Sewell’s ability to make material connections between his surroundings and his studies matured when, as an associate professor at the University of Cape Town he joined colleagues in the Biochemistry and Microbiology Departments in a project on nitrilases-enzymes that convert toxic nitriles to harmless carboxylic acids. “They were studying microbes and enzymes that might be useful to the mining industry,” says Sewell. “I visualized nitrilases that my colleagues had prepared by negative staining electron microscopy and thought that they may be short spirals. It was not until some years later that a brilliant student, Mark Berman, elected to work with me and we started to make real progress with their structures.” Today, Sewell continues to study nitrilases’ structures. Neither his methods nor his gift with students go unrecognized. “Trevor has been at the forefront, and largely instrumental, in virtually all advances in electron microscope and protein crystallographic infrastructure, capability, training, and mentoring in South Africa since he became director of the Electron Microscope Unit and facilities at UCT in 1992,” says Sewell’s colleague Wolf-Dieter Schubert, Professor of Structural Biology at the University of the Western Cape (UWC). “His perceptive and bold vision is matched by his unique hands-on abilities, down to the bench level. Indeed, he has been involved boots-and-all in the resolution of virtually every molecular structure emanating from the African continent by EM or X-ray crystallography.”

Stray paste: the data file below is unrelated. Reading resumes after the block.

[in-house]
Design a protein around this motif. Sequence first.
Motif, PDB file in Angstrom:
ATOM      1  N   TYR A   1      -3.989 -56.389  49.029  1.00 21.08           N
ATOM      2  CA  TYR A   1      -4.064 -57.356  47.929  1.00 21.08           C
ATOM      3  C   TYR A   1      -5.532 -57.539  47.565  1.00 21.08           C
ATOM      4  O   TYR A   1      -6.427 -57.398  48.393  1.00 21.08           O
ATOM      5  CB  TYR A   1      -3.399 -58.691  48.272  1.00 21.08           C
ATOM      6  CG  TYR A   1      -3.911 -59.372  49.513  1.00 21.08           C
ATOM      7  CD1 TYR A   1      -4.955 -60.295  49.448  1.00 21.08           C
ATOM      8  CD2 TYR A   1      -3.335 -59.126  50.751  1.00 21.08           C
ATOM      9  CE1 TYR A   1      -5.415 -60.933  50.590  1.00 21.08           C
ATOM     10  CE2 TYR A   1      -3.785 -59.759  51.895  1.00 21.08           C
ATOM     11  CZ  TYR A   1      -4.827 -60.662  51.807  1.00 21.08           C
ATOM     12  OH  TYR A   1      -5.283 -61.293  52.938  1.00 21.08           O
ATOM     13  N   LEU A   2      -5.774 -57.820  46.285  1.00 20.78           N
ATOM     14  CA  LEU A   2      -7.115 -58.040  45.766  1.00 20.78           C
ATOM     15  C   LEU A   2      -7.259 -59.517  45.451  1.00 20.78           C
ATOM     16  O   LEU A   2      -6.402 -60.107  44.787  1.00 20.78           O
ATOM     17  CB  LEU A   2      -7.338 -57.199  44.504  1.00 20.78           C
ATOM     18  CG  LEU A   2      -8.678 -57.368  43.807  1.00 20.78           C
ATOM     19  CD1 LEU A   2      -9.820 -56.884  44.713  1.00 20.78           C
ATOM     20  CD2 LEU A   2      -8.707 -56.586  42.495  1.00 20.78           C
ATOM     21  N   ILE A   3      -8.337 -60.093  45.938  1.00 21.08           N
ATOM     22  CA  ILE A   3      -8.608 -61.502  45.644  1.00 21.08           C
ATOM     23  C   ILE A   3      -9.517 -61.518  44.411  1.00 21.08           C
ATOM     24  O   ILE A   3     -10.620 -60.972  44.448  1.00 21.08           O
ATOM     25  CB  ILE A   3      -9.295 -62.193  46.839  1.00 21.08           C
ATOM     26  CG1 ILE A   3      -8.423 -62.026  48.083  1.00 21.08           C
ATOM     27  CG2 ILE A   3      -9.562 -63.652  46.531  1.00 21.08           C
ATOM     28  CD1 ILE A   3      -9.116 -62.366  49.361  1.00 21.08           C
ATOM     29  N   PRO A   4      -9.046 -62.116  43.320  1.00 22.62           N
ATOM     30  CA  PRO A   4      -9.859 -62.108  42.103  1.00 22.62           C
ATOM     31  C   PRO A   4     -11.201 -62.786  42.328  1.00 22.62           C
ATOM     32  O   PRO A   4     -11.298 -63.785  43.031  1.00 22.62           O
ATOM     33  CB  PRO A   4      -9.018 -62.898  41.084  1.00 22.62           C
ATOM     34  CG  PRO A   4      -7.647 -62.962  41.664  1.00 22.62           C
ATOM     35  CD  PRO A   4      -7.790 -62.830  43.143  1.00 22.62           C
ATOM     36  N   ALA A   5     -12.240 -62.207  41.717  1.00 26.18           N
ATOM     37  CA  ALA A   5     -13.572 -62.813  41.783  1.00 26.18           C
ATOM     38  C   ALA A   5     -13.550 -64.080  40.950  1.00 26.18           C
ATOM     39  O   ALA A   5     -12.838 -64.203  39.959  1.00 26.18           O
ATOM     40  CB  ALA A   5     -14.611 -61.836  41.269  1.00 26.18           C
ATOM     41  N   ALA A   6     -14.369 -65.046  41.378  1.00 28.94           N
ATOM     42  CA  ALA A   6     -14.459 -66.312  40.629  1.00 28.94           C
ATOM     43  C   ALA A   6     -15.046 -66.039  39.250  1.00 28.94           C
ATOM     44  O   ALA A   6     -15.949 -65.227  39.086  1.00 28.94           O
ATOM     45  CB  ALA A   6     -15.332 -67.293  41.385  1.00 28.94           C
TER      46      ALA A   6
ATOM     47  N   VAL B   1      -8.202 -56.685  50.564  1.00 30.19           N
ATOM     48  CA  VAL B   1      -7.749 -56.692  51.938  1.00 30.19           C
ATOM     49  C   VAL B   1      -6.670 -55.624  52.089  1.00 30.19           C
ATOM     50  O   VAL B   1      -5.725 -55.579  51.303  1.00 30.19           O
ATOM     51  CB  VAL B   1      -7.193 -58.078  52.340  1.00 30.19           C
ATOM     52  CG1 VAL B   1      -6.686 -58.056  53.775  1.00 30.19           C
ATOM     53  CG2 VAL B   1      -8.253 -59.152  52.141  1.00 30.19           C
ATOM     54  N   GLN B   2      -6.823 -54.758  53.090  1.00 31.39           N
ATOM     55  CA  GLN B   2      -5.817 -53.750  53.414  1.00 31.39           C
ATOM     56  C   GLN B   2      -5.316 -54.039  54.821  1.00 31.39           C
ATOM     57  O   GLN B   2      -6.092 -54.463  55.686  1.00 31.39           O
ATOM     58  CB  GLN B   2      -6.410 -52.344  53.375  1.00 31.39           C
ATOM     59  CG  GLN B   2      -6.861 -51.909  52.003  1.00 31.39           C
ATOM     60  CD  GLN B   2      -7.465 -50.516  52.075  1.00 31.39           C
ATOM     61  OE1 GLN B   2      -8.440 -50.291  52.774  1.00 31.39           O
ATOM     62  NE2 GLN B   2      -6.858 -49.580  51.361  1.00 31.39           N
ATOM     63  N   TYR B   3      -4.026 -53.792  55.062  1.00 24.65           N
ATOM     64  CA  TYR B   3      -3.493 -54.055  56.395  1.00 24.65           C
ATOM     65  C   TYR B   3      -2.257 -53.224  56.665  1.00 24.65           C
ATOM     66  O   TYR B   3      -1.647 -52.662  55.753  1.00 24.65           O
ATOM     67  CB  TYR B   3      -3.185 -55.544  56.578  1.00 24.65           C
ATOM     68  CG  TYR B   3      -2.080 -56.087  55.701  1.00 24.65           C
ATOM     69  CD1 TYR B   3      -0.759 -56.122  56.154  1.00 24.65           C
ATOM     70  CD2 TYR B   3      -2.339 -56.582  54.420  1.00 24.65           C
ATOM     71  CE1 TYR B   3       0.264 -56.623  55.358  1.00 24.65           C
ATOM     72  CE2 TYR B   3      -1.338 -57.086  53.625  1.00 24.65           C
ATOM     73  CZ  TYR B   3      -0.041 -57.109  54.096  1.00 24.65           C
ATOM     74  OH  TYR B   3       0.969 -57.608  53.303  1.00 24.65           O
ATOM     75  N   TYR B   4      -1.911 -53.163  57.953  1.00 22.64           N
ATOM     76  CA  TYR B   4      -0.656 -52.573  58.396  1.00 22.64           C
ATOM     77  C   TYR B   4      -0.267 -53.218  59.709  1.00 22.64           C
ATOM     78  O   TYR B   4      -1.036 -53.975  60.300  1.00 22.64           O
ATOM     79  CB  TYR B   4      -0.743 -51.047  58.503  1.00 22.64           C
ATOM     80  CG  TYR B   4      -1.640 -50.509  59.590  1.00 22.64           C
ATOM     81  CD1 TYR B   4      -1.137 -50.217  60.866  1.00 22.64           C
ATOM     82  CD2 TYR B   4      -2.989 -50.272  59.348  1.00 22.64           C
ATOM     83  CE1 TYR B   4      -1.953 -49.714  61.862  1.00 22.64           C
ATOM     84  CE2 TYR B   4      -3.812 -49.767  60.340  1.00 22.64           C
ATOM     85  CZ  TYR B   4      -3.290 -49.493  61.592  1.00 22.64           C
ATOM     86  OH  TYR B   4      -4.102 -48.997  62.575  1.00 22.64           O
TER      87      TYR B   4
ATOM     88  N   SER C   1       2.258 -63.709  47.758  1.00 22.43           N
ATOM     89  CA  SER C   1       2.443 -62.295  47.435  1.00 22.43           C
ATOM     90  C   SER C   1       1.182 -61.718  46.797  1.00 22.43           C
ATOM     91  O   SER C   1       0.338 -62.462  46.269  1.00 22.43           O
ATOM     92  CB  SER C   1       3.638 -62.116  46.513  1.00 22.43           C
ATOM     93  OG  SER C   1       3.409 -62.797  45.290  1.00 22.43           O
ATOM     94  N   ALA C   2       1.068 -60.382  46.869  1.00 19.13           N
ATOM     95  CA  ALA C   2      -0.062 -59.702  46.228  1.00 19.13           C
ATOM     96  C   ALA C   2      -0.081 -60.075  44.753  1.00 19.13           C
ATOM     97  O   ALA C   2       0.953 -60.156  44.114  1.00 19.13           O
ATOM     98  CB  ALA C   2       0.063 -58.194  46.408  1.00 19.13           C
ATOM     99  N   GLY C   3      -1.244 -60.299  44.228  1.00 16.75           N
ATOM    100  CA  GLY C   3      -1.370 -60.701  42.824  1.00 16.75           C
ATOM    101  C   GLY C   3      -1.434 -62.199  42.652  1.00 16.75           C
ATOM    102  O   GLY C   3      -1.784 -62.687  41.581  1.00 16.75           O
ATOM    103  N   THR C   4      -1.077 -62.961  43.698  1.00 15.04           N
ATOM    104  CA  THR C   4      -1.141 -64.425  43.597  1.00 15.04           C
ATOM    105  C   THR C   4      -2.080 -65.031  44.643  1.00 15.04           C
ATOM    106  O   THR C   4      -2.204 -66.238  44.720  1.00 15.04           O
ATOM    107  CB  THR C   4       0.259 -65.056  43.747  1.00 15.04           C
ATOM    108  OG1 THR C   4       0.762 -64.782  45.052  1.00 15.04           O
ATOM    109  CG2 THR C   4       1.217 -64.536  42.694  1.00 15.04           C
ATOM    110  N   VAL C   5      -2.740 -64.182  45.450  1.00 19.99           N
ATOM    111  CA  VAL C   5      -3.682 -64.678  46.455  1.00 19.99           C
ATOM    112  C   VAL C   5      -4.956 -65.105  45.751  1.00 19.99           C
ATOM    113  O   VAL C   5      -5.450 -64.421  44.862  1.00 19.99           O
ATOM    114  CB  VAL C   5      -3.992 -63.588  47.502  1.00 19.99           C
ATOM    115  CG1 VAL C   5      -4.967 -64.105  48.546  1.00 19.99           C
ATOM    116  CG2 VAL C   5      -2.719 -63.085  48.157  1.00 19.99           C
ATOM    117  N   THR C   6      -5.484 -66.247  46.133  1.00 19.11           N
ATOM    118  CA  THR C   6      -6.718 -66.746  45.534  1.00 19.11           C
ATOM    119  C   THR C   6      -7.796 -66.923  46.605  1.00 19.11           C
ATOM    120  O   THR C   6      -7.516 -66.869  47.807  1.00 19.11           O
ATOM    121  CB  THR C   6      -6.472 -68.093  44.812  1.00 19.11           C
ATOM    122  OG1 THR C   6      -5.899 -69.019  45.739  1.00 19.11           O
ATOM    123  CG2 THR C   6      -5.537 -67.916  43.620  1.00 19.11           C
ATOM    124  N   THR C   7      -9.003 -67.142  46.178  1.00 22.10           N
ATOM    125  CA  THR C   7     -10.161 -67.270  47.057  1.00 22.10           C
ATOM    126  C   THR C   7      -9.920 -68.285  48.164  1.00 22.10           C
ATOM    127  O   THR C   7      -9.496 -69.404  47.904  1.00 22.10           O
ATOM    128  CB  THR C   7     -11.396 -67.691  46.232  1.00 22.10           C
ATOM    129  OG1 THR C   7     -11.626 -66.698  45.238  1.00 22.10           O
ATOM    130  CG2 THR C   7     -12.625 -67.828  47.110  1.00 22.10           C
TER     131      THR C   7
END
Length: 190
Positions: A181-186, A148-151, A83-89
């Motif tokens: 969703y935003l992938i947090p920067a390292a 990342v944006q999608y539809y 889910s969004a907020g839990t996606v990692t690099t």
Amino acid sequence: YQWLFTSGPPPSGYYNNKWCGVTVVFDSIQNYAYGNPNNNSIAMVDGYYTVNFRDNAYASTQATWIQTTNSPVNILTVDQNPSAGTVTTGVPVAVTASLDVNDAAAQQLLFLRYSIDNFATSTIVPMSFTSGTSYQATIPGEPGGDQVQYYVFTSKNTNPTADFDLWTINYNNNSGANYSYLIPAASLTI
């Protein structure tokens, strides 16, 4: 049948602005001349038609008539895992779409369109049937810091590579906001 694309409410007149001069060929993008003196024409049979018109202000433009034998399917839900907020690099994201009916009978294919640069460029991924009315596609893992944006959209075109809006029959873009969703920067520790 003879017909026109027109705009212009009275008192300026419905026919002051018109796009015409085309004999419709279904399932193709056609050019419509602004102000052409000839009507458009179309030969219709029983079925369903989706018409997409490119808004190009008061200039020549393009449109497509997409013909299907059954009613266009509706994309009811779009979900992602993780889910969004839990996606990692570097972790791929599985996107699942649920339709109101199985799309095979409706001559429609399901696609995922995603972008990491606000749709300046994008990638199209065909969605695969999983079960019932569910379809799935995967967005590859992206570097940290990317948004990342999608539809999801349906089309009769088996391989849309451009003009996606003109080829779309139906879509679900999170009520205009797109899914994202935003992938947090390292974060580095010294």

However, Sewell’s focus doesn’t lie only in methods. “The key problem at present is finding money to create jobs for graduates so that they remain in South Africa and the discipline grows,” Sewell says. “This may sound like a universal problem, but the small number of people involved often means that a single person determines whether the discipline exists in the country or not.” To encourage South African biophysics graduates to remain in South Africa, Sewell is trying to create more attractive opportunities in the country. He initiated a successful Masters program in Structural Biology across three South African universities, an effort Blundell calls ambitious. “The Masters course has been superbly organized with very challenging lectures and projects,” Blundell says. Sewell attributes the success of the program in large part from the cooperation he’s received from the international biophysics community. “The establishment and growth of biophysics in South Africa has required extraordinary input from overseas colleagues and will continue to require nurturing by people from the developed world for many years,” Sewell says. Edward Egelman, Professor of Biochemistry & Molecular Genetics at the University of Virginia, served as one of the program’s international mentors. “I visited Cape Town five times as part of this program, and have been immensely impressed with all that Trevor has done to promote biophysics and structural biology in South Africa,” Egelman says. “In fact, everything that I have seen Trevor organize has turned out to be remarkable.”